NOTE: I submitted this on the final day of public comment period on the Theodore Roosevelt National Park Livestock Plan. I live 30 minutes away from the park, where wild horses have roamed longer than I’ve been alive. A new park Livestock Plan — put together quietly and quickly by the National Park Service — has stirred up the emotions of many in western North Dakota. Below, you’ll find my stance on the subject, which echoes the thoughts of many others in my region of the world.
The wild (feral) horses of Theodore Roosevelt National Park’s South Unit are an iconic symbol of freedom and beauty in the American West.
Not only do the horses add to the park’s biodiversity and contribute to its rich natural and cultural history, the horses’ ability to roam freely within the national park’s boundaries serve as a symbol of our rights and freedoms as Americans.
But like with so many other decisions the federal government likes to make, it seems like freedom and history are of no value.
While we’ve all heard thousands of reasons as to why the wild horses shouldn’t be removed from Theodore Roosevelt National Park – be it from historic, ecological or financial perspectives – not once in the federal government’s plan have legitimate, scientific data-backed reasons been given to the public as to why this needs to happen. The NPS appears to be making its decisions based almost entirely on 45-year-old policy and overarching federal guidelines unspecific to any one national park or federally protected location.
The National Park Service must reconsider its downright egregious and short-sighted plan to forcibly remove any wild horses from Theodore Roosevelt National Park based almost entirely on decades-old policy. At worst, it must only consider Alternative A in the park’s Livestock Plan while amending it to update the current livestock management plan that caps the number of horses at 60 by working with park-specific ecologists, biologists and zoologists and amending the 1978 Environmental Assessment using modern scientific data and methodologies. The eye test alone shows the South Unit of the park is capable of handling far more than just 60 wild horses scattered across its 46,000 acres.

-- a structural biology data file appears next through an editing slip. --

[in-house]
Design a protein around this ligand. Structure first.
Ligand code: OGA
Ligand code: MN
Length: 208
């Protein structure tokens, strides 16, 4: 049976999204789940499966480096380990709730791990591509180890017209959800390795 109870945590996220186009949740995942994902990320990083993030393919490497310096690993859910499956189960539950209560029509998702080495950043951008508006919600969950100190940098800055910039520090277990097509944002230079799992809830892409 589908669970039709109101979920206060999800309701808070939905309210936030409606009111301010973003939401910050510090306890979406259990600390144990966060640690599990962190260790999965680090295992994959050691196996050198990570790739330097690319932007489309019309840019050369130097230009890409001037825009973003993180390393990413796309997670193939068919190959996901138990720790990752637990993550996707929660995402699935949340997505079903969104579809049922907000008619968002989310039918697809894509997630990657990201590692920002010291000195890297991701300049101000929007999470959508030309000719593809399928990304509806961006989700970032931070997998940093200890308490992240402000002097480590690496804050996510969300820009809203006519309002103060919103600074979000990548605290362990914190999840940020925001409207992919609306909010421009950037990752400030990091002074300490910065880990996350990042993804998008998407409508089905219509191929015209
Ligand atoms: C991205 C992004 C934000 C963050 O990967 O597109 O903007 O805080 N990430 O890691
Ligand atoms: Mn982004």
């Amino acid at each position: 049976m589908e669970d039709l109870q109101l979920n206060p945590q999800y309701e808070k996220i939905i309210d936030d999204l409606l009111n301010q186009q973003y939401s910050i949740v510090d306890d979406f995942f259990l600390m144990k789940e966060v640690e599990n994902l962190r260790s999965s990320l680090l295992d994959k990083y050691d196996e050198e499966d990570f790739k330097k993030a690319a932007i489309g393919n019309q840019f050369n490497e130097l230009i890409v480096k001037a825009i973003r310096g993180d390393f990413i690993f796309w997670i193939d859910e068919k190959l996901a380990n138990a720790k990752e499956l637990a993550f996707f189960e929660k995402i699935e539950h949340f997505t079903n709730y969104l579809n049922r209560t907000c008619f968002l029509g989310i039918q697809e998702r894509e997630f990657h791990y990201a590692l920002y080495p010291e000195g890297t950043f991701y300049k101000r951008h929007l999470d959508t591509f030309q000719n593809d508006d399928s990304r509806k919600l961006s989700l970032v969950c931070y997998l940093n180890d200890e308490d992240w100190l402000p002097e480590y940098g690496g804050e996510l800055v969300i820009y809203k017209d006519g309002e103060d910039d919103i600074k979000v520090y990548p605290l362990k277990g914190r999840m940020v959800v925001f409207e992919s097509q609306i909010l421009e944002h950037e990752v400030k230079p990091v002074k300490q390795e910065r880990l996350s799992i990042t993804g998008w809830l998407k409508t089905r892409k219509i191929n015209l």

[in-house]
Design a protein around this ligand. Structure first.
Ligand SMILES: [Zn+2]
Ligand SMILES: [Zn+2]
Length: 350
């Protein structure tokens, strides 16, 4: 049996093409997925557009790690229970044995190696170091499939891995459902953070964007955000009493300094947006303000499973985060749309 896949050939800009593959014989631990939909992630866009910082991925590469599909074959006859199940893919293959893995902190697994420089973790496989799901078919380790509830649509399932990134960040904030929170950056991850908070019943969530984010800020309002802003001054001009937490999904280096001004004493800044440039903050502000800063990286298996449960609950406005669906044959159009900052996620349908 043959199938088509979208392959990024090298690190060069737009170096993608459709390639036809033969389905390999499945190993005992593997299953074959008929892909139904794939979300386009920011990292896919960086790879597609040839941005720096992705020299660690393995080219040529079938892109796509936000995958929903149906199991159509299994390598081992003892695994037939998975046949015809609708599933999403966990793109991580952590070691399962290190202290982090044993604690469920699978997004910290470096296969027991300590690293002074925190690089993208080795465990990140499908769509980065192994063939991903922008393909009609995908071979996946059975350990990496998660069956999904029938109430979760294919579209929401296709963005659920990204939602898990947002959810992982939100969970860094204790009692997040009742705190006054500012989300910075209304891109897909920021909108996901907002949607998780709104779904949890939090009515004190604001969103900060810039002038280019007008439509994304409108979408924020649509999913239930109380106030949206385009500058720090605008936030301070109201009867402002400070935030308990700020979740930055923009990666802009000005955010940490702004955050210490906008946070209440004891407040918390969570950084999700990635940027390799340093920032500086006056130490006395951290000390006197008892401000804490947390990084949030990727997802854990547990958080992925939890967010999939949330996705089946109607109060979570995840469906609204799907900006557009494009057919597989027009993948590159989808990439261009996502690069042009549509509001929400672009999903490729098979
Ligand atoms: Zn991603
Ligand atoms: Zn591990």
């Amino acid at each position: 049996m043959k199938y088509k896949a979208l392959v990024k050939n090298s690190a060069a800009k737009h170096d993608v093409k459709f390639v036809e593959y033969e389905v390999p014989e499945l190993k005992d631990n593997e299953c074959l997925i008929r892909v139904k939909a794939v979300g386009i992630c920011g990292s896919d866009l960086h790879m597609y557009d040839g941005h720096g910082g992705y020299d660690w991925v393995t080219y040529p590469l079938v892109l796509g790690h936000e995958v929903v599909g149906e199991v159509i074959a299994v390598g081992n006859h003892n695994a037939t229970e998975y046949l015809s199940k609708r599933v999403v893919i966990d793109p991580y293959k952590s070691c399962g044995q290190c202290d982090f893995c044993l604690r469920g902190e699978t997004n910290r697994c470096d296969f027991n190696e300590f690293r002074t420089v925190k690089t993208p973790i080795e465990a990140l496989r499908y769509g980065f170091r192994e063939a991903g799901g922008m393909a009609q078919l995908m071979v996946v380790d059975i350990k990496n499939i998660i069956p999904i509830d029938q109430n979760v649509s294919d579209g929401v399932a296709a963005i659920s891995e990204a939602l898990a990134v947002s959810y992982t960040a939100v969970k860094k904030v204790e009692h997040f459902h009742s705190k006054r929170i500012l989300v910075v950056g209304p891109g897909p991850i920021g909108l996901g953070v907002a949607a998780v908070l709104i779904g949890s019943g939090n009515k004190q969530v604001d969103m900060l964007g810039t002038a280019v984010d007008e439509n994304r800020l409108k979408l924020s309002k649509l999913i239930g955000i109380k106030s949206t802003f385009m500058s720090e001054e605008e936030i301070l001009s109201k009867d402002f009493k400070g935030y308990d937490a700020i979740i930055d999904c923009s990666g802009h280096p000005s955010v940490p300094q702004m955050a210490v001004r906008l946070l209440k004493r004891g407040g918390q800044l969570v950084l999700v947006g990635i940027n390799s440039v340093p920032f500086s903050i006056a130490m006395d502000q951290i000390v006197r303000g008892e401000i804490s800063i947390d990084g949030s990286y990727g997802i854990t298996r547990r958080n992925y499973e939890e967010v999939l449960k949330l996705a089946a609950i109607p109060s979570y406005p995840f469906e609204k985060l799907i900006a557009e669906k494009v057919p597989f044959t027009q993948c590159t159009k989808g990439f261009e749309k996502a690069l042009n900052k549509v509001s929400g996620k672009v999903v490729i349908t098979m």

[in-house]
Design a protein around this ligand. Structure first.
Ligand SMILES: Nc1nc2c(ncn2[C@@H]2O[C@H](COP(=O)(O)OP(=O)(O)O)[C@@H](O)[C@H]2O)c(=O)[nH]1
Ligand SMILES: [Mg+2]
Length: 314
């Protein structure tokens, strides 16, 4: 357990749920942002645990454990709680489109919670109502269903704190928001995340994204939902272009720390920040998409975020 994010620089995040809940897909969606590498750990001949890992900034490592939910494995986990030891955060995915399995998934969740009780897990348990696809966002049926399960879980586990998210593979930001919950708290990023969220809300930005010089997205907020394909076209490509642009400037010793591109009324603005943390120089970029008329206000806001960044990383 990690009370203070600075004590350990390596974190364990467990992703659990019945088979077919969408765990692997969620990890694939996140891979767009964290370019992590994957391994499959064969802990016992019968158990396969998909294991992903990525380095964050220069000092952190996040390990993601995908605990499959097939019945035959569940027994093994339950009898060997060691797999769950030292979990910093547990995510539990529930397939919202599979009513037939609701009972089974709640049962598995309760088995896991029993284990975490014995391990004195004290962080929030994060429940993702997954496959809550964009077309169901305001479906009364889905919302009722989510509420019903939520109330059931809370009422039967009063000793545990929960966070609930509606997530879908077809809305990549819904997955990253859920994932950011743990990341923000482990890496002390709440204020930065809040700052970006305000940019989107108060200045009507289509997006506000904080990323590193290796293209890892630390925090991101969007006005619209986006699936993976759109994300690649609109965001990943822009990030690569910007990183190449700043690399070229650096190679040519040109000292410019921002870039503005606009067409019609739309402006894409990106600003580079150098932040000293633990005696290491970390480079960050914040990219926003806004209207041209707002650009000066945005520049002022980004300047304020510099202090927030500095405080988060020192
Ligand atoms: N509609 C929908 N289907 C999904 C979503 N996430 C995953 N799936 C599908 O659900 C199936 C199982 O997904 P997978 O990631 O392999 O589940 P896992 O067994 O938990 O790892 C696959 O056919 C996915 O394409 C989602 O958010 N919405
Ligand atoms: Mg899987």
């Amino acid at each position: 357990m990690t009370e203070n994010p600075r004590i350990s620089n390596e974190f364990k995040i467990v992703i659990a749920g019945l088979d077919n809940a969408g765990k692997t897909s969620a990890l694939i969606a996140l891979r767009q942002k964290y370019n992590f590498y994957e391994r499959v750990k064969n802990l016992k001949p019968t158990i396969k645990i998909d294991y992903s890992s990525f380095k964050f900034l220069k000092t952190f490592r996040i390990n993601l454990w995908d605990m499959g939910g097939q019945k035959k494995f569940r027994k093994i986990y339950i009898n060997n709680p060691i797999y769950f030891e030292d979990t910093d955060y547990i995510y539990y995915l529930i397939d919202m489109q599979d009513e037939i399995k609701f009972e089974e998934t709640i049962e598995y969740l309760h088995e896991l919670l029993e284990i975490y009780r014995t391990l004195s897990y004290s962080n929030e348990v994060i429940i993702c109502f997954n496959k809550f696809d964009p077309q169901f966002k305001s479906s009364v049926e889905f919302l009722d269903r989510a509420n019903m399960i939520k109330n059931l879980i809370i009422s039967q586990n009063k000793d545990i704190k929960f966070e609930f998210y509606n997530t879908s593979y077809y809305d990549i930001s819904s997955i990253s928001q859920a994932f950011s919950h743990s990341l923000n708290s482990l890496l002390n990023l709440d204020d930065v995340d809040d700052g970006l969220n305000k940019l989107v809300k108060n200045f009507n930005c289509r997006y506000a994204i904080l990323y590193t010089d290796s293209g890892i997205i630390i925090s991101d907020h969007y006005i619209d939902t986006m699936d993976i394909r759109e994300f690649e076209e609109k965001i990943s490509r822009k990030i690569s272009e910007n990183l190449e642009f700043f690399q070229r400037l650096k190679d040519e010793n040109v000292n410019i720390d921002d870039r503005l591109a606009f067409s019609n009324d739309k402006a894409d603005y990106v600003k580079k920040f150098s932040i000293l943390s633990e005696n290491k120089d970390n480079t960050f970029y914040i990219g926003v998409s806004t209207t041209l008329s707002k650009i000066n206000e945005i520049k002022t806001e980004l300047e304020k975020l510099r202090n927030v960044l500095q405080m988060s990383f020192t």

Unfortunately, it feels like National Park Service officials, and their federal overlords in the Biden Administration, have shown their cards with their refusal to lengthen the comment period for its Livestock Plan once North Dakotans began learning for themselves what decisions were being made about the park and wild horses in “open” government meetings. We in the American West have danced this dance with Washington, D.C., before. We know their agenda-driven decision is made and it’s not in the park’s best interests, regardless of how many thousands of letters they get begging them not to do what they’ve proposed.
It seems clear that the National Park Service has made up its mind that these healthy horses no longer deserve to roam in a mostly free and open landscape but instead belong behind much tighter fences, and are better off being managed by either tribal governments or the highest bidder. And again, no data-driven explanation has been given as to why a Native American tribe or a person with deep enough pockets to bid on these horses at government auction is better suited to home them than the park has been for generations.
Not only that, but unlike other animals in national parks, they’re safe. They keep their distance from humanity, as long as humanity keeps its distance from them.
As a former journalist and amateur photographer and videographer, I’ve written about these horses in the past. By happenstance, I’ve even found myself too close to them once or twice. I’ve seen their majestic, untamed beauty up close and personal. As someone who has been around livestock his entire life, it’s safe to say these horses are not like others. There’s something so much more regal about the freedoms they have. Their ability to roam and live their lives almost entirely without constraint is at the heart of why America was founded.
These horses play a unique and enjoyable role in not just the story of Theodore Roosevelt National Park, but in the American story. Allowing them to continue roaming freely within the boundaries of Theodore Roosevelt National Park is the best way to ensure their well-being, the health of the park’s ecosystems, and the enjoyment of the hundreds of thousands of visitors the national park receives each year.
My children and the generations to come after them will thank you for ensuring these horses’ freedoms.